Not a single person in this world will ever come close to facing the hardships you have faced as an individual. No one has lived the same life as you. No one has faced the same constant chastisement or neglect. So the next time someone tells you that ‘’it’s alright,” go ahead and tell them they’re wrong. But remember they are only wrong for falsely sympathizing.

Under most circumstances a youth should never be blamed for the outcome of his/her life. It’s not fair. You weren’t asked to be created and you sure as hell didn’t ask to be put through whatever it is you did go through. You didn’t ask to be beaten or molested. You didn’t ask to go to school every day in long sleeved shirts so that you could cover up the bruises from last night. You didn’t ask to be alone, or to be teased on every day for being the quiet, disassociated freak in the corner. You asked for none of it.

You didn’t ask to be abused or neglected no matter how little or how much it was. You didn’t ask not to be loved. You didn’t ask to be born to a pot-head and a prostitute. You didn’t ask. You asked for none of it, so why the hell does everyone around you keep dishing out such a big plate of hate? No one really knows why. You could search a thousand years and still never find the answer to that. And that’s because there is no answer to it.

The only possible solution is to keep on living; to overcome. To put your best foot forward and forget everyone who set aside their lives to make your own miserable: to restart. Trust me there is a restart button in life, but you’re only going to find it if you really want it.

For a good portion of my life I wallowed around in self-pity, always afraid of what would happen if I stepped outside of my box. I wanted change but I wasn’t willing to take the steps necessary to do so. I couldn’t take them because I was locked in a perpetual chaos. I was stuck floating in some sort of survival mode, and I was afraid.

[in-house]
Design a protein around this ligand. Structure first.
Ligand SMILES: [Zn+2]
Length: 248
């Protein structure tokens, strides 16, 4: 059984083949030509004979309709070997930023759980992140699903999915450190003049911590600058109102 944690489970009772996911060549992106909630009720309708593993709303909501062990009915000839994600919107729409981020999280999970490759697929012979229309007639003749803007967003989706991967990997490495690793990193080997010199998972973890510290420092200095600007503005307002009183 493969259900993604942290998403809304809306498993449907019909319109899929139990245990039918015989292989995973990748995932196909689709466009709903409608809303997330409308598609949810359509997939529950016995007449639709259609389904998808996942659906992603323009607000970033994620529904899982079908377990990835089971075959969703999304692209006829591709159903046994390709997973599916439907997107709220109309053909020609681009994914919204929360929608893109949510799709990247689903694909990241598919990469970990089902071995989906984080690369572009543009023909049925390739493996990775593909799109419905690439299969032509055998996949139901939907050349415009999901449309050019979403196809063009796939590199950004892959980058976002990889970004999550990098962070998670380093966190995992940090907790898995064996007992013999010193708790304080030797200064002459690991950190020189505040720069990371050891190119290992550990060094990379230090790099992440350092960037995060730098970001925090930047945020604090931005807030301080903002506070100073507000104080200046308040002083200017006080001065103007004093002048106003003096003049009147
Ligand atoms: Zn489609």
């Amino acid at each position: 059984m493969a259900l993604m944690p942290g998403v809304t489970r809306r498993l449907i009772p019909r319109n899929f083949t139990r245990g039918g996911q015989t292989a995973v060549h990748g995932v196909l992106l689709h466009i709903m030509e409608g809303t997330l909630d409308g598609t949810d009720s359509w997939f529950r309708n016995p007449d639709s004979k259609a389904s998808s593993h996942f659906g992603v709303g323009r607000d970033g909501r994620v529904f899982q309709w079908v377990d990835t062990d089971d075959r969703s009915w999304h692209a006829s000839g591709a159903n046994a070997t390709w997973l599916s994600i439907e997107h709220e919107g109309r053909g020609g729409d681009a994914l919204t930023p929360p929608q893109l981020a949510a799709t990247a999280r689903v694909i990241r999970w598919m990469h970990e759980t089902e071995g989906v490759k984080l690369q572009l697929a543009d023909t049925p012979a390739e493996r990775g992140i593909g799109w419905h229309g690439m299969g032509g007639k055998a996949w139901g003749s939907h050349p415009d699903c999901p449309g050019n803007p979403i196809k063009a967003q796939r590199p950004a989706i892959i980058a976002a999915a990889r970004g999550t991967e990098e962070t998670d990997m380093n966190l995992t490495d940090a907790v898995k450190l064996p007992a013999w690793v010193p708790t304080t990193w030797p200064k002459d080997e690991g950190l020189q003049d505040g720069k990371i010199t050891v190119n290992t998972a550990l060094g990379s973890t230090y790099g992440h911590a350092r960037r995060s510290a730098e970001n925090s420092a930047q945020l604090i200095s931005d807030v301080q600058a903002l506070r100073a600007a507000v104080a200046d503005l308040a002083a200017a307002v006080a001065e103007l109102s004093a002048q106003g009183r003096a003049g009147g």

Christmas photo with my new family.

Christmas photo with my foster family.

That part of me changed shortly after arriving in foster care. I felt safe, and most importantly, I knew I was safe. I knew there were new people in my life that were more than willing to do whatever it took to make sure I would never go through what I did before.

It’s been more than two years since my placement in foster care. I no longer need to worry about whether or not I’ll be able to live, rather I find myself thinking about how I will live.

A wise man once said, ‘’The circumstances of one’s birth are irrelevant. It is what you do with the gift of life that determines who you are.’’ Often times I find myself reflecting upon those words in moments of weakness, because I know that they are true.

One of my baby sisters in my new family.

One of my baby sisters in my foster family.

You are safe, secure and loved

Guest post by Denise Beeman Sasiain, foster mother to Summer, 17, who will stay with her foster family as she enters adulthood; Isabella Hope, 3, who they’ve had since birth and adopted last year; Xavier (aka X-man), 2, who they are in the process of adopting; and Daniella Joy, 1, who they’ve also had from birth and recently adopted.

 

Denise and Izzie

Denise and Izzie

It is just past midnight and Isabella, our 3 year old, has woken up three times since we put her to bed.  Instantly upon waking, she will loudly cry, then call mommy, and come running in a panic.   Each time she gets up, I hold her, rock her and tell her, “You are safe, you are secure, you are loved and you are mommy’s dream come true.”  She nods her head sleepily, and I tuck her back in bed.   Some nights she sleeps uninterrupted and peaceful, but tonight has been particularly challenging and her fear level is palpable.

Isabella’s inability to readily fall asleep and stay asleep is not a new development.  She was exposed to cocaine and prescription opioids while she was in her mother’s womb. In addition to going through withdrawal as a newborn, she would sometimes sleep only three or four hours in total during a 24-hour period.  She experienced jittery and suffering tremors, poor feeding, stiff muscles, a very high startle response and colic.

When Izzie was about 15 months old, she started occupational therapy.  Evaluations showed she had significant sensory motor dysfunction in both tactile and auditory processing arenas.  She also displayed chronic feeding sensitivities and a slight fine motor delay.  At about 18 months, she started speech therapy for her language delays.